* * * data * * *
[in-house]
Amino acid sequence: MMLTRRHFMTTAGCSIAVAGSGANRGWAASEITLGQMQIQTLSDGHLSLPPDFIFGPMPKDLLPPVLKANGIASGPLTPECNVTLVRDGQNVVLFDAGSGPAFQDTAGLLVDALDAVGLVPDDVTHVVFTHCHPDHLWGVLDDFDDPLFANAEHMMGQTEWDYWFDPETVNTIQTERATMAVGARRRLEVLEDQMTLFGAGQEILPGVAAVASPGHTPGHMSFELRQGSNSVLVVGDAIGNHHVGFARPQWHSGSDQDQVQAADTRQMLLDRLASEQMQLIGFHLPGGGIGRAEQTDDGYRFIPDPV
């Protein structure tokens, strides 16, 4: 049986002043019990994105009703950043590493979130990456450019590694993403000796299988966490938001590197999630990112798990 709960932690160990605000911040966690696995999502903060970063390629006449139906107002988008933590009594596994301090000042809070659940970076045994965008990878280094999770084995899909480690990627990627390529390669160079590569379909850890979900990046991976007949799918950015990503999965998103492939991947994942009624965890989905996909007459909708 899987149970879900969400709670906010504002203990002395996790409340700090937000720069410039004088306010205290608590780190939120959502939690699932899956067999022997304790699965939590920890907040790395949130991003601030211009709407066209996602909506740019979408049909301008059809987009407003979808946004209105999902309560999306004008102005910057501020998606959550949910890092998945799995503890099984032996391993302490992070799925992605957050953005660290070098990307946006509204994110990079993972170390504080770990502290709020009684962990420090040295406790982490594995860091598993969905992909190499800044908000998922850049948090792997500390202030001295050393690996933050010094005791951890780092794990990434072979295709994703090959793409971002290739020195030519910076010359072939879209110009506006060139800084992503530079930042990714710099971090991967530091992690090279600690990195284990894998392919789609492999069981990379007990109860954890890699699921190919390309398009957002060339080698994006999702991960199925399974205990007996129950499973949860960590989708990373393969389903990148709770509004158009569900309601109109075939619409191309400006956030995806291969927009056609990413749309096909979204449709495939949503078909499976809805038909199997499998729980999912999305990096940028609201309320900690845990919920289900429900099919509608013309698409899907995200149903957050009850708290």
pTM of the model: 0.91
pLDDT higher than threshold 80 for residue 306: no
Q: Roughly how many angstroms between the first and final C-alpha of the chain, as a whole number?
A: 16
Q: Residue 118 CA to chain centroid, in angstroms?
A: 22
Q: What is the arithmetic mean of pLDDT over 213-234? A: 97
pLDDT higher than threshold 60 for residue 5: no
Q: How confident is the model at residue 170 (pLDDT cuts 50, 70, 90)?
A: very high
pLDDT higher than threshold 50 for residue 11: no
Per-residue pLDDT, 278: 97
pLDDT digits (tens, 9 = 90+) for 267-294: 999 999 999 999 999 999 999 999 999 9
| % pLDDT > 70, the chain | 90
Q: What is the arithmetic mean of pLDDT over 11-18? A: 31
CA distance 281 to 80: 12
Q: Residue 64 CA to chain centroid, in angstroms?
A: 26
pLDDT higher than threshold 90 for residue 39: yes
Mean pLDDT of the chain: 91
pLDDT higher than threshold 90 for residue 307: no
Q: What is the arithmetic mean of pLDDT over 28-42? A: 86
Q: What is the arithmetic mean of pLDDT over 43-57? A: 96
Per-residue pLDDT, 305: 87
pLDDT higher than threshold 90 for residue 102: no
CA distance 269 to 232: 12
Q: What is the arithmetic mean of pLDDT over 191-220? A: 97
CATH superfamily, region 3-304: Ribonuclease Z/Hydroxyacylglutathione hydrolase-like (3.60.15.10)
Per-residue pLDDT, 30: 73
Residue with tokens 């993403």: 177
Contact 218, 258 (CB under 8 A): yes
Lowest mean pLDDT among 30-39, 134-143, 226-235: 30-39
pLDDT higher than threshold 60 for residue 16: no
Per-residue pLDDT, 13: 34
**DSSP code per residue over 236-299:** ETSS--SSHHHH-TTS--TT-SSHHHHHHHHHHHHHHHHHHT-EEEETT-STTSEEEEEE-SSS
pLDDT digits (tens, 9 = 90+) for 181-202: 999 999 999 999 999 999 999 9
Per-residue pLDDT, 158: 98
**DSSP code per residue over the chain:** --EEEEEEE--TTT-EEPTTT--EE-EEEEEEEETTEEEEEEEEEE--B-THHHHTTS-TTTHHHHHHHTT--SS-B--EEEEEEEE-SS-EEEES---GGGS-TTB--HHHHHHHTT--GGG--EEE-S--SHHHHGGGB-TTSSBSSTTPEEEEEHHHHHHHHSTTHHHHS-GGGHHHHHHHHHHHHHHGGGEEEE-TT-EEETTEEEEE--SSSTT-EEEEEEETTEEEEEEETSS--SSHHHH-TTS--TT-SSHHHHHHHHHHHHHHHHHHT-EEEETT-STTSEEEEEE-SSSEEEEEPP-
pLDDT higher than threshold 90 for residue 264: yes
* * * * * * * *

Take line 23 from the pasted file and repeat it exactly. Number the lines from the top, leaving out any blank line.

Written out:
Mean pLDDT of the chain: 91